Unprecedented Federal and State Funding Provides a Unique and Time-Sensitive Opportunity to Act Swiftly and Strategically to Prevent and End Local Homelessness

Heeding to the State’s Call to Weave Its Soon to be Released
Unprecedented Funding Together with Unprecedented
Federal Funding Could Prevent and End Homelessness
for Tens of Thousands of Persons Statewide
During the Next Few Years

  • California, counties, cities, continuums of care, communities, coalitions, commissions, and committees have a chance to collaborate with and challenge each other unlike ever before

The California Business, Consumer Services and Housing Agency and the Homeless Coordinating and Financing Council (HCFC) recently released Putting the Funding Pieces Together: Guide to Strategic Uses of New and Recent State and Federal Funds to Prevent and End Homelessness.

As stated in the letter that covers the document,

The Guide [which is organized into four (4) complementary parts] is designed to support the most effective uses of the historic levels of State and Federal investments into programs that can prevent and end homelessness, including new and expanded State investments in: Homekey; the Project Roomkey and Rehousing Strategy; the Homeless Housing, Assistance, and Prevention Program; a new Affordable Housing Backlog Production program; and a range of other essential programs administered by the State departments of Housing and Community Development, Social Services, and others.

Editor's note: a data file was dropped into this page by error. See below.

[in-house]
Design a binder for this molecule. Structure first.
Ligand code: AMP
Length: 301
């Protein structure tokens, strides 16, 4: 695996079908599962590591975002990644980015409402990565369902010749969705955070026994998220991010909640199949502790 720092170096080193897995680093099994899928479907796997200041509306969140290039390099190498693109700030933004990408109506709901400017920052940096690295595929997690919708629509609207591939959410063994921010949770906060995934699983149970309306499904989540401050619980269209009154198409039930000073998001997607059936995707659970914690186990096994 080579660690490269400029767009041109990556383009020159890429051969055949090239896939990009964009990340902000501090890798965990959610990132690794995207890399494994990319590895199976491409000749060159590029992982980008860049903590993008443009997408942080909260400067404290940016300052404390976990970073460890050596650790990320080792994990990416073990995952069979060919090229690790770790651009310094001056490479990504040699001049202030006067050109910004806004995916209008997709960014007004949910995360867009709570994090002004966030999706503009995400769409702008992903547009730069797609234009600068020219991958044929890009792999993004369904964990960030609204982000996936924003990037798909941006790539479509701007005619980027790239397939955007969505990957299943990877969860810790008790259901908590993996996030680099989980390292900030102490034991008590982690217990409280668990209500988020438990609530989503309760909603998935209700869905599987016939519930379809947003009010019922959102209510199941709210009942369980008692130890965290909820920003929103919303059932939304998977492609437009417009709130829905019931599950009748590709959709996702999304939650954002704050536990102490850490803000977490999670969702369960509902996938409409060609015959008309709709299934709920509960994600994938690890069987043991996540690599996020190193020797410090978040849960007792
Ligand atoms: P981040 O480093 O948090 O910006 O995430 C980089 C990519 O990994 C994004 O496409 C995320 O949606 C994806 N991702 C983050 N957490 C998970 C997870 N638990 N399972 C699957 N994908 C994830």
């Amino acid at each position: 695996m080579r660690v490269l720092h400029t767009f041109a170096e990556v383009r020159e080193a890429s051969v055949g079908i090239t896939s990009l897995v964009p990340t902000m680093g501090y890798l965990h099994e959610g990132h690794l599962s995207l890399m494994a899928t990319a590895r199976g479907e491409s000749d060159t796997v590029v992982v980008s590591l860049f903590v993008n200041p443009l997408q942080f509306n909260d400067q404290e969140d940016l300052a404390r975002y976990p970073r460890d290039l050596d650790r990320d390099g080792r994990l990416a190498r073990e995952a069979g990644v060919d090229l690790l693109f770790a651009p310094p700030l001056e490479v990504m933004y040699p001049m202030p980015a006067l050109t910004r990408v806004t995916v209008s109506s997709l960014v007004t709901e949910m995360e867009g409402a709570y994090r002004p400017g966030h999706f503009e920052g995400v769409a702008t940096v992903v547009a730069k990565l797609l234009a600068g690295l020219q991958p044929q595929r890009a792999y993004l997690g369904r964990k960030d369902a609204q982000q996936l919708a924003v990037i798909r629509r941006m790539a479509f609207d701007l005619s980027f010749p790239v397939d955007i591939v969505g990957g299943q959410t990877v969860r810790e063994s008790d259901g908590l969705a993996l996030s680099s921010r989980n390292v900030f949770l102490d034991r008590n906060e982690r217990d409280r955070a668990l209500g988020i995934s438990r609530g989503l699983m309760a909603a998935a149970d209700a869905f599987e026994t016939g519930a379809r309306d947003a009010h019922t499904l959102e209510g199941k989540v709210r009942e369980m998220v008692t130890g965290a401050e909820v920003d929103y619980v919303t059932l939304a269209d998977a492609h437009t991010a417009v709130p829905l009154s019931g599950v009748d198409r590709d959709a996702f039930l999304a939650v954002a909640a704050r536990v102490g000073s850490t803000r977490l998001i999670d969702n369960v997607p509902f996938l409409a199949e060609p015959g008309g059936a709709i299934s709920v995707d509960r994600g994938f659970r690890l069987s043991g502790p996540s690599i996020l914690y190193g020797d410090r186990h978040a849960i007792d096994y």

The four (4) complementary parts are described as follows:

  • PART I: Crosswalk of Eligible and Prioritized Uses of Major State and Federal Homelessness Funding Programs, which provides guidance regarding eligible and prioritized uses of each funding source to support essential crisis response and permanent housing interventions, but should not be read to indicate that all of the funding sources can be used together for the same activities or projects.
  • PART II: Using Funding Resources Strategically, which describes State (Table 3 State Investments) and Federal (Table 4 Federal Investments) funding sources, including their funding amounts and time constraints, eligible activities, actions taken by the State of California to date to implement funds or status of implementation, and strategic guidance regarding the potentially most impactful uses of funds in local communities.